Liryl winced, as Valhias’s words reached deep inside her, there where something lay which she had forcibly buried. Something which those words had now shattered in pieces.

Without uttering a single word, the girl ran away from the house, down a windy and foreign alley.


Liryl ended her flight in a small empty square. A modest fountain was in the middle of it, adorned by the statue of a fish gushing water from its mouth. The girl sat on the edge of the fountain and hid her face in her hands.

Only a few hours had passed since she left Eris, and the loneliness was already starting to feel unbearable. Will every day be like this, from now on? Will I wander from a country to another, stranger among strangers, until I grow tired of living? Liryl’s sob echoed in the empty square. I’m already tired of this life.

A hand unexpectedly laid on her shoulder, startling her. Valhias, too, gasped briefly, scared by the girl’s reaction.

“I beg your pardon, my lady, I did not intend to trouble you again,” he apologized in an embarrassed tone. “But I believe you have forgotten this, when you fled.”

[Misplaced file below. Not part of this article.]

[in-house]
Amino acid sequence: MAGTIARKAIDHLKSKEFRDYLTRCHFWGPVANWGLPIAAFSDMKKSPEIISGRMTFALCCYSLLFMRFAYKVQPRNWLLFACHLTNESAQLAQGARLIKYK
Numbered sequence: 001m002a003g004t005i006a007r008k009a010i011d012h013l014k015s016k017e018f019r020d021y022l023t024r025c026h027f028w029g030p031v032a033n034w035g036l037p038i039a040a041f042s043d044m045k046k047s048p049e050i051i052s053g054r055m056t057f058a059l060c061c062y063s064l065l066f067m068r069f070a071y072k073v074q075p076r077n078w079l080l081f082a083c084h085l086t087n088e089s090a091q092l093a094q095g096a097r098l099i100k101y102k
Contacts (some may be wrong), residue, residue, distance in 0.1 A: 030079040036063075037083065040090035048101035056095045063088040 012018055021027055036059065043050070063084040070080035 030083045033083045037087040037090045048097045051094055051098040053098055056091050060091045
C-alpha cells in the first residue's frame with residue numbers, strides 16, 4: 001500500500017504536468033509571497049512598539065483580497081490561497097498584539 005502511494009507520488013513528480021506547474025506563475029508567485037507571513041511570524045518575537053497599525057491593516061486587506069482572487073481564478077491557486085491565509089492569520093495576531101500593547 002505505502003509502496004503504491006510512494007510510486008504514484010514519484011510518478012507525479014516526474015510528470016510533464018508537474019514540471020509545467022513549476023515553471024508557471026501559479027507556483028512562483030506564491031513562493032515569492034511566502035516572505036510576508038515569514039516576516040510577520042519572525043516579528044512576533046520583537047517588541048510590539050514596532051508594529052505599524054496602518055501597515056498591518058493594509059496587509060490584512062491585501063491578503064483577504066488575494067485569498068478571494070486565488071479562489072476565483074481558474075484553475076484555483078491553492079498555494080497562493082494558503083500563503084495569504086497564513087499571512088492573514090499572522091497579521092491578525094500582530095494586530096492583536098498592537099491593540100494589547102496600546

Liryl stared slack-jawed in astonishment. It was her priestess’s staff. She had obtained it a few hours before, the last bond she still had with her past, and she had already risked losing it.

“… Thanks,” she murmured hesitantly.

Valhias bowed courteously, then turned to leave, but Liryl called him back. “Wait!”

The ath’ar looked at her, confused.

“Could you … could you keep me company for a moment, Valhias?” the young priestess asked, timidly.

Valhias seemed surprised by the girl’s request, but nodded and sat next to her on the fountain’s edge.

A few seconds passed in a painful silence, during which Liryl blamed herself for asking the ath’ar to stay, without the slightest idea of why.

Maybe, it’s just a way to escape solitude.

“You addressed me in an unusually formal manner before,” the ath’ar noted, suddenly.

“W-what?” the girl blurted, with a confused face.

“When you asked me if I could stay here for longer,” Valhias explained, “you addressed me unlike usual.”

“Ah …” the girl exclaimed quietly. A few moments passed. “I think it’s … because I felt guilty about asking you to stay,” she finally answered, staring at the cobblestones beneath her feet.

“You have nothing to apologize for,” he reassured her. “If anything … I should be the one to ask for your forgiveness, for the question I asked you a moment ago. I do not know your language quite well, and so, sometimes, I end up saying something offensive without realizing it …”